Yeah, those homeowners are some bad people. It’s all about protecting their on-street parking and views, not about protecting the single major asset they own in hopes they won’t have to eat cat food during their retirement or give their kids a start in life. Selfish bastards. THEY are the ones keeping the backbone of America–the working class–living on the urban fringe, not corporate development that, when granted infill approvals, plunks down one luxury tower with insanely high building association fees after another and who, when given density bonuses up the wazoo, flounce around like they are living in A SOCIALIST NIGHTMARE if they are asked to provide a little low-income housing. Those guys there? They are just optimizing their value and profits. That’s teh Market. Just developers doing what Business Mens do. But individual homeowners who optimize on their assets? They are the worst.
(Ever notice that you don’t generally see big developers necessarily advocating for broad land use changes, despite being packed on many a city council and zoning board? Instead, they seek variances for their own individual projects. That’s because they, too, get a nice rent boost from the constrained housing supply when their projects luck into variances and other developers are kept out. Sauce for the goose is sauce for the gander, and if we are going to yell at homeowners for gaming the system, we should probably note there is plenty of sauce to go around when it comes to urban players not sacrificing their own financial best interests for “society” or “the environment.”)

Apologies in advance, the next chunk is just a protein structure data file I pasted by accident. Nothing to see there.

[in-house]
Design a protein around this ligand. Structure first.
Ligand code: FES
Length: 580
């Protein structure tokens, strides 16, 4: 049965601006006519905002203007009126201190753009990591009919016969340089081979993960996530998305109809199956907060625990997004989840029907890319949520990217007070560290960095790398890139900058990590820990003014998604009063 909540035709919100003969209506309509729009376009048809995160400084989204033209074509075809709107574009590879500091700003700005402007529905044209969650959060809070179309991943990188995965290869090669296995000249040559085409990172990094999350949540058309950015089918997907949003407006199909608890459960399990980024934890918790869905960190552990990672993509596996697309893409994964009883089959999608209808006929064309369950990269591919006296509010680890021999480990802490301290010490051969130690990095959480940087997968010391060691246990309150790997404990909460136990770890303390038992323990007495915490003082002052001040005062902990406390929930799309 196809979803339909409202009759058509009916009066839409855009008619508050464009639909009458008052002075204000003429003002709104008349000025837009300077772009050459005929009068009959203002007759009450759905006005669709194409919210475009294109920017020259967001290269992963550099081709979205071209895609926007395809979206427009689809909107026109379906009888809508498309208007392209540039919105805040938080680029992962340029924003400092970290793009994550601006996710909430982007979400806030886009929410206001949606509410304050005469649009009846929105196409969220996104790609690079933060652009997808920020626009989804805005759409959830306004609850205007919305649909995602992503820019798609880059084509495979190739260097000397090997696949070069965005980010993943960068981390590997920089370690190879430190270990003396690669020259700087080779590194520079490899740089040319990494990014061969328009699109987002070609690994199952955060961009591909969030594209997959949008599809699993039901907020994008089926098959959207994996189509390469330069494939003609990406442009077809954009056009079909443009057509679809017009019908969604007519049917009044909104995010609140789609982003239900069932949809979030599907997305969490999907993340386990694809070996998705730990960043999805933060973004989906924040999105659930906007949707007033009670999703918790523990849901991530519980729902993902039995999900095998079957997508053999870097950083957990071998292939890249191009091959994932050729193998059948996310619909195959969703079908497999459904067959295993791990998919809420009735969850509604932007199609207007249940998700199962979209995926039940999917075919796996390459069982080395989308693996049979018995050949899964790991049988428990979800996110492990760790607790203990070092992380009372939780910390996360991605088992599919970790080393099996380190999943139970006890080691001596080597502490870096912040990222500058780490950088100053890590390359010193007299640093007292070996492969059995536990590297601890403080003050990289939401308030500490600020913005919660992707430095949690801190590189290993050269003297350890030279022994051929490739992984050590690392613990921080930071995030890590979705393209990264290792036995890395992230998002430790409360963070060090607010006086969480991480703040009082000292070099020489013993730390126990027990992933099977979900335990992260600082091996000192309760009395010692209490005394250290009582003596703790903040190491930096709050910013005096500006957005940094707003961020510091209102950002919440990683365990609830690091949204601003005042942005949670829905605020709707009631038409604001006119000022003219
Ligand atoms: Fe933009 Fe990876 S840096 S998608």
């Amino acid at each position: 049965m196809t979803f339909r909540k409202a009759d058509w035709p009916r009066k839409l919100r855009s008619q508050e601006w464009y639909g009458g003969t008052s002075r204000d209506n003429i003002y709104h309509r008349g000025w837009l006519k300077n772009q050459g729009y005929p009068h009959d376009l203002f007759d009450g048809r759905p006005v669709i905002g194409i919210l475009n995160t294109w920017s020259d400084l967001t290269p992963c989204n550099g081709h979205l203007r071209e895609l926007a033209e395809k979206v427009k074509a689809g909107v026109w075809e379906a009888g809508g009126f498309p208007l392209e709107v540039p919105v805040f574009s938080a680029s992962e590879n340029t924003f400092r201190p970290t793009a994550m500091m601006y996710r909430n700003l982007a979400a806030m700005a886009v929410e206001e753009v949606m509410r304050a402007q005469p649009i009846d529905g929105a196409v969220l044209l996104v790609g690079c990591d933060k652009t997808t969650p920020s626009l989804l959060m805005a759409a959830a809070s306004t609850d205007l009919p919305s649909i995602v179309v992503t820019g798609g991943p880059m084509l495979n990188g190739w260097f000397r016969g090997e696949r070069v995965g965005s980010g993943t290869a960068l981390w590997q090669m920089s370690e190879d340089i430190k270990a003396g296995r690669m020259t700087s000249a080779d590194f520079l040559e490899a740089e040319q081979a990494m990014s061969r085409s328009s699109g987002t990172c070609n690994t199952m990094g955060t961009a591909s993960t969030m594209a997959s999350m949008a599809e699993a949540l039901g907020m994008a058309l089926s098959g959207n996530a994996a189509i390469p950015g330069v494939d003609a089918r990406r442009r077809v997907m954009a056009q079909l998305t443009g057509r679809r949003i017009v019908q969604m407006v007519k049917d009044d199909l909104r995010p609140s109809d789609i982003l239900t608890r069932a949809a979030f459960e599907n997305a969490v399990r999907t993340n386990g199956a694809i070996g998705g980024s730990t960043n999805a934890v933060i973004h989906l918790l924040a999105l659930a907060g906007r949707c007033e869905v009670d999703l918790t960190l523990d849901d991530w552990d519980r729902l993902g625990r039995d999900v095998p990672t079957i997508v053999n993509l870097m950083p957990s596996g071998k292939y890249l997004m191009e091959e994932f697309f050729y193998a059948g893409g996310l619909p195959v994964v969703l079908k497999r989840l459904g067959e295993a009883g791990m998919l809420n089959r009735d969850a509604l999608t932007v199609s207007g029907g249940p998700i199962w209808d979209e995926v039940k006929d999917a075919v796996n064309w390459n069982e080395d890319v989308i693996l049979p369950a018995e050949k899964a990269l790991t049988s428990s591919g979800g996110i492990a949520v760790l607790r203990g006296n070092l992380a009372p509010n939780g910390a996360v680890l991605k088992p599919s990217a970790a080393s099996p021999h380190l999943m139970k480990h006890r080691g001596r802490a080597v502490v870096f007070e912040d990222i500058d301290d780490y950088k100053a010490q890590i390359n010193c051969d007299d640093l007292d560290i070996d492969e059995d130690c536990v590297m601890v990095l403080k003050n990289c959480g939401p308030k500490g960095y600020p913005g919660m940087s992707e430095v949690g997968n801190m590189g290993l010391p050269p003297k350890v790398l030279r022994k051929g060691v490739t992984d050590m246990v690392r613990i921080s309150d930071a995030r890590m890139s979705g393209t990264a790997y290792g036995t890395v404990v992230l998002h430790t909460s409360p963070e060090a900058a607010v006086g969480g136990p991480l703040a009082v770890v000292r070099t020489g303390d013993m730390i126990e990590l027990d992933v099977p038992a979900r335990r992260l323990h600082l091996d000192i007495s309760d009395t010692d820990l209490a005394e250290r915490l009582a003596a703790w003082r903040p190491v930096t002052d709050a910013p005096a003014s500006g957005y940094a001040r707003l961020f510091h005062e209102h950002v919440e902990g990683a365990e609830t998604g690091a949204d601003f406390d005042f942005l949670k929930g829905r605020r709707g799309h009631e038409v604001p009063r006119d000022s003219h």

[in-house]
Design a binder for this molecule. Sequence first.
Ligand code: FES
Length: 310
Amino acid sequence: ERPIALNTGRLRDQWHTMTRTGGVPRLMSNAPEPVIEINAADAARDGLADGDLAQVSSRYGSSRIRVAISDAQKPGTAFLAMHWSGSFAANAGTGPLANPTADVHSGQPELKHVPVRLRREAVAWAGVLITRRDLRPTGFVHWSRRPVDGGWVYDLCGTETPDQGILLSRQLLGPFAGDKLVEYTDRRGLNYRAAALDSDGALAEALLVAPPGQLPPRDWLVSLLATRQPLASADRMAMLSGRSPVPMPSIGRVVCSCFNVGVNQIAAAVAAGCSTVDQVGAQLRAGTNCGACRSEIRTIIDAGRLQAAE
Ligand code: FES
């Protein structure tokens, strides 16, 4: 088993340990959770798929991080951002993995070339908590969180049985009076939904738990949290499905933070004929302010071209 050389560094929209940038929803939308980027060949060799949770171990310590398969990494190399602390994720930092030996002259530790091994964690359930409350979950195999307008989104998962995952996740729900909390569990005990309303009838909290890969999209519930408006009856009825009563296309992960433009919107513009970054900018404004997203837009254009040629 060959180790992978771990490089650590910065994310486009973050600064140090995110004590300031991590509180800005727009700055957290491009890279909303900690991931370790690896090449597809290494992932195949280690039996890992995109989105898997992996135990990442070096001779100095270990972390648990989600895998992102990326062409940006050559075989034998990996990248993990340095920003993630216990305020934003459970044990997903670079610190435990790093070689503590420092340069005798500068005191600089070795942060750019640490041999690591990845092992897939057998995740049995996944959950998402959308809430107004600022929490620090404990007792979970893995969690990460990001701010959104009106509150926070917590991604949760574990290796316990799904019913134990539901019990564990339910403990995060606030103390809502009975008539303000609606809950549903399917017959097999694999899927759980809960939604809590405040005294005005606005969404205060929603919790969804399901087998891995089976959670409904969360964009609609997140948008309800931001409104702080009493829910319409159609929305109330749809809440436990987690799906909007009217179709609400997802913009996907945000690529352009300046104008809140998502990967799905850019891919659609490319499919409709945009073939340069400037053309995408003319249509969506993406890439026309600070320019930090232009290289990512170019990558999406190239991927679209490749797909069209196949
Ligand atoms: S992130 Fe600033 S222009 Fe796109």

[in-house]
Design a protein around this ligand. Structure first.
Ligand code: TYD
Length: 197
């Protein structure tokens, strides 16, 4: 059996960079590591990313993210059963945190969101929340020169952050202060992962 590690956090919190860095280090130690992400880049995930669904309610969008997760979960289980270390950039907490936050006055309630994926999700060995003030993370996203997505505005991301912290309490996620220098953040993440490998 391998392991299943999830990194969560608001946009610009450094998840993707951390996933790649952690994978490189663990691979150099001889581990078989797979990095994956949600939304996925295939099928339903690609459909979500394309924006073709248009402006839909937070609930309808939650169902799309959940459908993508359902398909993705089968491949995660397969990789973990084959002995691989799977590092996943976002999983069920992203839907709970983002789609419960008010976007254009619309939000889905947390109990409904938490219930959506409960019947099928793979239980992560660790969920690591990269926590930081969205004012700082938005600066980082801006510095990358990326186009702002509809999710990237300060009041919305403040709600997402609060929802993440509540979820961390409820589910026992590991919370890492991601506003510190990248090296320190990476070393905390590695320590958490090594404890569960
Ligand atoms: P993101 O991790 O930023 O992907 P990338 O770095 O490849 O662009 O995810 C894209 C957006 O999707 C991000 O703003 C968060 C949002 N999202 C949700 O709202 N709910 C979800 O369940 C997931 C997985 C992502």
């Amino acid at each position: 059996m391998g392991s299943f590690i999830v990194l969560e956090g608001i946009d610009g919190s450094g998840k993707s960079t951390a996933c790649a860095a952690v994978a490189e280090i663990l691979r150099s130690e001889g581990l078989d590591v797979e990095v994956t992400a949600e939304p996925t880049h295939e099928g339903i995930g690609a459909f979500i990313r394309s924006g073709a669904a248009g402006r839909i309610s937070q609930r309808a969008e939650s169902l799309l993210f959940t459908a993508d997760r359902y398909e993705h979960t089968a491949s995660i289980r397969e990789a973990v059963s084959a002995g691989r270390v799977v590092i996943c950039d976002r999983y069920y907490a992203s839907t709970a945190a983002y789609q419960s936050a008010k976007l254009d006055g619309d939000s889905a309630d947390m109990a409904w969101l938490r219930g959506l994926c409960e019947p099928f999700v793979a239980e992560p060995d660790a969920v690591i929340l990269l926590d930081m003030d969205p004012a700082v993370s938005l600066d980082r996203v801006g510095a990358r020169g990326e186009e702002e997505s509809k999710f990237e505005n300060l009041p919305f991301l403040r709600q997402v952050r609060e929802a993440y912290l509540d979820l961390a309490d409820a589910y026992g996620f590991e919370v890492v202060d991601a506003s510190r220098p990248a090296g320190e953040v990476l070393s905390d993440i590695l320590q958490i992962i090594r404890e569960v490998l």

I’ve written before about my impatience with this way of framing homeowners as the villains here. On the one hand, movements need true believers like Roberts to advocate for change. If it hadn’t been for shrill public health people banging on about the evils of smoking, I doubt we would have had the culture shift to much healthier lifestyles we did around smoking. That’s all good. On the other hand, cities and smoking are not terribly analogous, and I think we’ve more than hit a strong backlash against changing urban neighborhoods, not to mention the very, very successful backlash on climate policy. I suppose powering through that with strong advocacy might work.
But people are smart, and they can see through thin justifications pretty fast. Oh, so your downtown luxury tower is saving the planet, taking cars off the road, is it? Why does it have seven floors of parking, then? And so on, and so forth.